"Come now my child, if we were planning to harm you, do you think we'd be lurking here beside the path in the very darkest part of the forest..." - Kenneth Patchen, "Even So."

THIS IS A BLOG ABOUT STORIES AND STORYTELLING; some are true, some are false, and some are a matter of perspective. Herein the brave traveller shall find dark musings on horror, explorations of the occult, and wild flights of fantasy.

Saturday, November 7, 2020


STARTING WITH FRANKENSTEIN in 1931, Universal undertook the creation of a bizarre little pocket reality.  It wasn't intentional, not at first.  It simply cut costs to recycle the same sets and props.  Frankenstein, Dracula, The Wolf Man, and to a lesser extent The Mummy cobbled together a black and white Europe where everyone spoke English, used German place names and titles, and the date was somewhere between 1890 and 1940.  As the sequels rolled out and all the crossovers began, the universe became ever more interconnected.  Dracula had a daughter, Frankenstein had a son, and by the end films like House of Frankenstein and House of Dracula had all the monsters teaming up.  

A decade after Bud Abbott and Lou Costello sent all these monsters to a shameful and embarrassing demise, Britain's Hammer Film Productions resurrected the dead.  Kicking off again with Mary Shelley, The Curse of Frankenstein, The Horror of Dracula, and The Mummy used the same trick and even improved on it.  Here again was a weird shared universe, still English-speaking with oddly German peasants and villages, but this time more confidently gothic.  The date seemed firmly 188x.  Tame by modern standards, but infamous at the time for their sex and gore, for the true horror aficionado the Hammer films were pure gold.  With talents the like of Peter Cushing, Christopher Lee, and Ingrid Pitt, they were delicious cocktails of camp, melodrama, and terror.

The first attempt to capture the magic of these films in a roleplaying game was probably Pacesetter's Chill (1984).  A more direct attempt came with the game's second, Mayfair edition; the Chill Companion included horror "subgenres" to customize the feel of the game, and included both Universal and Hammer lenses for it.  In 1990, Chaosium winked at the genre in their Blood Brothers, but it was really TSR that same year which jumped right in with Ravenloft: Realm of Terror.  This was, quite literally, a pocket dimension, peopled with residents and horrors that would have been quite comfortable on a Hammer film set.  It almost lured me to play AD&D.  Almost.

Now I haven't written for Chaosium's "Miskatonic Repository" yet...the "Jonstown Compendium" keeps me too busy.  Both are outlets, however, for fans of Call of Cthulhu and RuneQuest respectively to publish their own original works.  If I had written for Miskatonic, I might have done something very similar to The Wystdovja Gazetteer and Kiss of Blood.  Because the "Brinoceros" (I shall assume the alter ego of Brian Brethauer), along with Kevin Brethauer, Amanda Brethauer, Cody Chavez and Amanda Gutowski, has produced a pair of perfect little love letters to Hammer horror for Call of Cthulhu, exactly the sort of thing I would have liked to have done.

Set in Cthulhu's "Gaslight Era" (circa 1890), The Wystdovja Gazetteer removes us from London to Wystdovja (wist-DOE-vee-ya) Vale, a broad river valley surrounded by jagged mountains and situated in...well...Hammer film country of somewhere between Austria and Transylvania. Instead of setting your tales in Arkham, Dunwich, or Innsmouth, Wystdovja brings you Skeltzenberg, the seat of culture, power, and commerce in the Vale, decayed Middenport riddled with crime, and idyllic Karoczig.  And in-between these, the Gazetteer tells us;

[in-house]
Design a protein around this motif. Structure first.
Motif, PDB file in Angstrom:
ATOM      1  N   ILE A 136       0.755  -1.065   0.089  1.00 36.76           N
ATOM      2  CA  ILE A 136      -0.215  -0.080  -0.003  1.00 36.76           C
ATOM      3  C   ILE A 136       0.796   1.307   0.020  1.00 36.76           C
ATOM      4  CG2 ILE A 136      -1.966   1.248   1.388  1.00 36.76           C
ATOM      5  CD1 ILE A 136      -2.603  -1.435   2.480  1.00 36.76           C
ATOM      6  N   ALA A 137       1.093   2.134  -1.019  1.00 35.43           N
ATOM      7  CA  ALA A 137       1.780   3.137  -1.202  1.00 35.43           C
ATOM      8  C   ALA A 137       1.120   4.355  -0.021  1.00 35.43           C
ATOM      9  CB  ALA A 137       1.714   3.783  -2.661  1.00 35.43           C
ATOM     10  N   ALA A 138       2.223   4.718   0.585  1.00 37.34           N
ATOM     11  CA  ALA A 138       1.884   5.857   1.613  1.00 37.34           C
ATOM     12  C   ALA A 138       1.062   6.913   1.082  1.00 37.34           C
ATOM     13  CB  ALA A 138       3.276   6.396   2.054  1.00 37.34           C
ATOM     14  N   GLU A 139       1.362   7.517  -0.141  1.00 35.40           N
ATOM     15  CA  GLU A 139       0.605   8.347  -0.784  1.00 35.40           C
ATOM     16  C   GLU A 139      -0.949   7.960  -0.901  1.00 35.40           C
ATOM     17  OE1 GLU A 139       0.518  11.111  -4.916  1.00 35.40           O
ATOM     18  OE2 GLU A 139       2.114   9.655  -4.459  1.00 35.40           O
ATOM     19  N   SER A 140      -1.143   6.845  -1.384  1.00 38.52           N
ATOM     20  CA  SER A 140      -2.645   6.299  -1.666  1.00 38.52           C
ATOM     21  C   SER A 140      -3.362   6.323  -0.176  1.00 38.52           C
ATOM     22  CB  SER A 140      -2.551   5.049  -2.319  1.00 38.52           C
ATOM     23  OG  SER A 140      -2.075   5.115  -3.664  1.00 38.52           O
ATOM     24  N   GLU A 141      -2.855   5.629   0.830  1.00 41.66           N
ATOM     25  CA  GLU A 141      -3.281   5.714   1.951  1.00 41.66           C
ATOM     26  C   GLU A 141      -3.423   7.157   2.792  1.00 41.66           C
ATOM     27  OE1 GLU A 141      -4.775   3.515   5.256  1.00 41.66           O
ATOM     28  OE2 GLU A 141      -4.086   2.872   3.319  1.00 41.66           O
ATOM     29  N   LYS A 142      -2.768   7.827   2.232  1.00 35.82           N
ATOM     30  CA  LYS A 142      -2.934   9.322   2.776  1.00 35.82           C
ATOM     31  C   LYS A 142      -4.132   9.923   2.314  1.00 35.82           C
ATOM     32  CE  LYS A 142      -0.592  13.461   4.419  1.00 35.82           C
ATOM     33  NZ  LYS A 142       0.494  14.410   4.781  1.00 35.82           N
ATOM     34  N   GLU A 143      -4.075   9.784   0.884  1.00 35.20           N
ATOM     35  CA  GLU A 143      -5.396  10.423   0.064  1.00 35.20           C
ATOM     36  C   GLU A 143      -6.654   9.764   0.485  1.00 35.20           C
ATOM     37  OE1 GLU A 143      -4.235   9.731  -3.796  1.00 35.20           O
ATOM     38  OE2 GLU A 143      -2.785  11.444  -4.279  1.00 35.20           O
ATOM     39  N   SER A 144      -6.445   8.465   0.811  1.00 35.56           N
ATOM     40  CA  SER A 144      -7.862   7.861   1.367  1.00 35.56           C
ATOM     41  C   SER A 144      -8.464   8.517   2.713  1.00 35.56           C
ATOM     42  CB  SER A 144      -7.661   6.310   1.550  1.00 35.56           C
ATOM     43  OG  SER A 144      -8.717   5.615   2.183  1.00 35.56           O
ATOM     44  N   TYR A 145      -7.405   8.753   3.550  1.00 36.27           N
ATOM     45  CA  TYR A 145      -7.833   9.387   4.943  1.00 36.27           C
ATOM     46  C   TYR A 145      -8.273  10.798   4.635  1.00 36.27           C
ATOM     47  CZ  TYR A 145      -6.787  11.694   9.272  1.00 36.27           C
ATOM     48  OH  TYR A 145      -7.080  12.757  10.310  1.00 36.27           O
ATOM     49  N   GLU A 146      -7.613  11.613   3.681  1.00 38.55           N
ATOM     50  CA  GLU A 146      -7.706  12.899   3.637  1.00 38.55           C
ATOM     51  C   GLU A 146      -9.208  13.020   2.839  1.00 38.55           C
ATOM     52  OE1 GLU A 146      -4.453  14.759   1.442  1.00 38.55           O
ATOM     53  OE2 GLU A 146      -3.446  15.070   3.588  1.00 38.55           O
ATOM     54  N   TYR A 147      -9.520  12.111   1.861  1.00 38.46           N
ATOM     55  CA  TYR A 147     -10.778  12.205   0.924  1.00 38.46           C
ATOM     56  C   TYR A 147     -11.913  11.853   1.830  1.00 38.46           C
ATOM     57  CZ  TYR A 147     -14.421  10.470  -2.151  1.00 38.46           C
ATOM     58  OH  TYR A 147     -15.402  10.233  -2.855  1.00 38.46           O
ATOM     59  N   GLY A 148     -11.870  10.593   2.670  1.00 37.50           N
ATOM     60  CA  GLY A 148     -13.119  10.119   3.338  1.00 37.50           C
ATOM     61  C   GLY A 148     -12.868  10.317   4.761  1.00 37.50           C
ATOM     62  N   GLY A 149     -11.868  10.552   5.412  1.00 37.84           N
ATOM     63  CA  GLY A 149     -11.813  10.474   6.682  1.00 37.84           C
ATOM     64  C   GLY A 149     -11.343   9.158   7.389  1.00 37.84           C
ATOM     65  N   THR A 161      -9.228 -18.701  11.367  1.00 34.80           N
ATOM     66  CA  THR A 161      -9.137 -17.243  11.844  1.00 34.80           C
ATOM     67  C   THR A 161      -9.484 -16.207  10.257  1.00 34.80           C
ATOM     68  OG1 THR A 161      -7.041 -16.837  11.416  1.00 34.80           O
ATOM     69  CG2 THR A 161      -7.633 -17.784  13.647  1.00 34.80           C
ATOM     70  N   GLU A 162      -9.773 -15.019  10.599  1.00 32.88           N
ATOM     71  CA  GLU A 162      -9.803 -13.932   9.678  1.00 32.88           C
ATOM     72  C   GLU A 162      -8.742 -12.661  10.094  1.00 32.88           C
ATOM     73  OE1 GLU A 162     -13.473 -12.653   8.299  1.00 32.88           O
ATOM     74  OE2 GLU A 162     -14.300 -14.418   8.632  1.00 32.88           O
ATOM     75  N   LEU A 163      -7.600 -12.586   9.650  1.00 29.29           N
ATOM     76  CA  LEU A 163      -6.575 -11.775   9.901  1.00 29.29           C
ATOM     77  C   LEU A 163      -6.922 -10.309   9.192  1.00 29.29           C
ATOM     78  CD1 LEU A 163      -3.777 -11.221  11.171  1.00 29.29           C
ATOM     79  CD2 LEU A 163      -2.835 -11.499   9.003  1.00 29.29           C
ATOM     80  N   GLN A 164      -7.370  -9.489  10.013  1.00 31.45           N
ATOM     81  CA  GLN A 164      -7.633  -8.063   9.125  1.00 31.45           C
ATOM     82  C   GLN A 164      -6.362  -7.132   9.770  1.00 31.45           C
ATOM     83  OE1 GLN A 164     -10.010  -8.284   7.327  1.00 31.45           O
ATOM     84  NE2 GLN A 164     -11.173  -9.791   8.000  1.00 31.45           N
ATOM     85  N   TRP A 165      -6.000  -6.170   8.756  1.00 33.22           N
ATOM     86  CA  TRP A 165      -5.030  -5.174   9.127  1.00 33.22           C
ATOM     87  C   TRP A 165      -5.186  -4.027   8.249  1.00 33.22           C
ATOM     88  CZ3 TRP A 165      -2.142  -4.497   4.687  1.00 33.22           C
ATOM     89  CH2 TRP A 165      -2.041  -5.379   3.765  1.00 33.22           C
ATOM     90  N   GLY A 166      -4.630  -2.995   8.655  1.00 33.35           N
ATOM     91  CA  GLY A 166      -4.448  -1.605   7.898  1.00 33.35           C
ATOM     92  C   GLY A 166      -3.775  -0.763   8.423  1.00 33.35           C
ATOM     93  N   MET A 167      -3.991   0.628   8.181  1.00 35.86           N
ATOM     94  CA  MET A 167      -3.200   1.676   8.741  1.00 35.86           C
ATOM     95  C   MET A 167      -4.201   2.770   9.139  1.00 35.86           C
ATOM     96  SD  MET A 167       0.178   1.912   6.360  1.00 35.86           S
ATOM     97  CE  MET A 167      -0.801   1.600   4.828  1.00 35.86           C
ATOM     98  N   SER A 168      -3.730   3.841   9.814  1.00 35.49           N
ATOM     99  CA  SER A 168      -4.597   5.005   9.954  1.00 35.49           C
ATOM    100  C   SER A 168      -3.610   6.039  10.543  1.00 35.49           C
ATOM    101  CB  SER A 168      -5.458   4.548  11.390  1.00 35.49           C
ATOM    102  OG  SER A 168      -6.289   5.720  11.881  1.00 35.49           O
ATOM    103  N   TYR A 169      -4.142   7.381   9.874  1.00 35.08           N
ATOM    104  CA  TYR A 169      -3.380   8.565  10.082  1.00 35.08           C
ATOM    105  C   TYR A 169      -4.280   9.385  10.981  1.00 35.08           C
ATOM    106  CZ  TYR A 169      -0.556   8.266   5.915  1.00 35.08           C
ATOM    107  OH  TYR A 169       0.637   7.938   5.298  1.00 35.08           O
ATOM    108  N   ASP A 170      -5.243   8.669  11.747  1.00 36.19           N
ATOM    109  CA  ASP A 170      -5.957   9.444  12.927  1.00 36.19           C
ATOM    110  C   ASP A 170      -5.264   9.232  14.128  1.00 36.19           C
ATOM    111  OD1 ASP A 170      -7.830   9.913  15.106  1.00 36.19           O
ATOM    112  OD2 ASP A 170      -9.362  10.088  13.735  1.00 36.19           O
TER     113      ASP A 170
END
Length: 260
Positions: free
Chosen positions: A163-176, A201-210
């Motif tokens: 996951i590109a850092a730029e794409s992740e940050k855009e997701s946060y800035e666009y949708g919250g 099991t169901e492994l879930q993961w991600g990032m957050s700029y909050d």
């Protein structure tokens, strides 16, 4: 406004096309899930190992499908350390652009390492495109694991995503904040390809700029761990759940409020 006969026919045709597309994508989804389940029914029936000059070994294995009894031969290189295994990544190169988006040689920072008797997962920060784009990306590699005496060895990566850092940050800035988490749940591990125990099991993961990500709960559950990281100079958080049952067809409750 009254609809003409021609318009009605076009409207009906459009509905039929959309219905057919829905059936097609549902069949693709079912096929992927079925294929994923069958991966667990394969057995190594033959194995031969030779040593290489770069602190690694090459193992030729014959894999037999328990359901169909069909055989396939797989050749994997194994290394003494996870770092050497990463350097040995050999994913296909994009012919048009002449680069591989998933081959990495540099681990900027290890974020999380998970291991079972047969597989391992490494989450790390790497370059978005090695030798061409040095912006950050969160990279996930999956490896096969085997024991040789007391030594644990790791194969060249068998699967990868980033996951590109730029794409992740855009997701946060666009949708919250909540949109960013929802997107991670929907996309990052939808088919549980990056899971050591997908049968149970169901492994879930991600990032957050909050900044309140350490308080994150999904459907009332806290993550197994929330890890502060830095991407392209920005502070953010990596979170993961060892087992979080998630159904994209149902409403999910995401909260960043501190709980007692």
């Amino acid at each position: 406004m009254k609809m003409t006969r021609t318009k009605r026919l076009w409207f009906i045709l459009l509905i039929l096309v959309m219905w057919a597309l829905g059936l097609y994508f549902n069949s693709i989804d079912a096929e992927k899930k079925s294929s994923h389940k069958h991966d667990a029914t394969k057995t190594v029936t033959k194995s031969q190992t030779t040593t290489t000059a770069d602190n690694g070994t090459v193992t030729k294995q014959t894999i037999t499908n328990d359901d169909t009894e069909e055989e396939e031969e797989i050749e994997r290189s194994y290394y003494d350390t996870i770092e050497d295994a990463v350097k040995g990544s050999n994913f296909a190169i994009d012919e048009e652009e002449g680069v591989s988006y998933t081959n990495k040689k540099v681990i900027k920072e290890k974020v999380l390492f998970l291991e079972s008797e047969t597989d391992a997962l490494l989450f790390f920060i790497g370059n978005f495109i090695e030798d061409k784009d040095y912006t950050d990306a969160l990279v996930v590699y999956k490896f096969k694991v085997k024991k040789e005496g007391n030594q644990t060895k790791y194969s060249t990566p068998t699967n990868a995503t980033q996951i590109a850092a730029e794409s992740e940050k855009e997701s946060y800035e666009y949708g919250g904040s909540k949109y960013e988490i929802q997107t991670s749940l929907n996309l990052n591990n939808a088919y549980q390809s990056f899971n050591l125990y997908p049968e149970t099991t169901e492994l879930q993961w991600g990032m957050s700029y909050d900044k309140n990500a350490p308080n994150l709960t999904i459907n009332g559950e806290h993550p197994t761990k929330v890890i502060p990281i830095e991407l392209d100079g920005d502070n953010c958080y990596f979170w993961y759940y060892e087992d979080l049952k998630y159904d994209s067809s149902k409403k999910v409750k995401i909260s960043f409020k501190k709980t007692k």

...can be found antediluvian groves, ruined monasteries, mysterious Romani camps, isolated country inns, dark forests, lonely crossroads, dangerous mining operations, degenerate railroad junctions, treacherous mountain passes, and an array of noble estates, each hiding more than a hundred years of scheming mystery...

This 40-page PDF covers a lot of ground, describing the history of the region and the key locations in it.  It is more suggestive than exhaustive; don't expect street-by-street descriptions of neighborhoods.  In true Hammer style, the Gazetteer occasionally has its tongue firmly jammed in its cheek with "wink-wink-nudge-nudge" references like Castle Hammerstein and the Gorgo Pass, but really this only adds to its charm.  Tonally, it is pitch perfect.  If you love the Hammer films and yearn to game in them, buy this.  

Now, along with the Gazetteer I am reviewing the first scenario set in Wystdovja Vale, Kiss of Blood.  As much as I enjoyed the Gazetteer, I LOVED this.

If you follow the blog you know I do not talk about scenarios for fear of spoiling them, but whether or not you use this in conjunction with the Gazetteer, Kiss of Blood deserves to be in your collection.  This is a beautifully illustrated 70-page PDF that tells a ripping good yarn, introduces new spells and a new (variation of a) monster, has a host of colorful characters, and--above all else--is The Vampire Lovers scenario that you didn't know you needed but you really, really do. If the team plans on doing more of this, I am the first in line for it.  

Don't let "fan made" put you off.  From the screen shots I shared you can see the layout is clean and professional, the art is great, and the writing top notch.  If like me you are physically incapable of turning off a Hammer film when it is on TV, if you want a solid Call of Cthulhu answer to Ravenloft, or you just want a terrific gothic romp, Kiss of Blood is for you.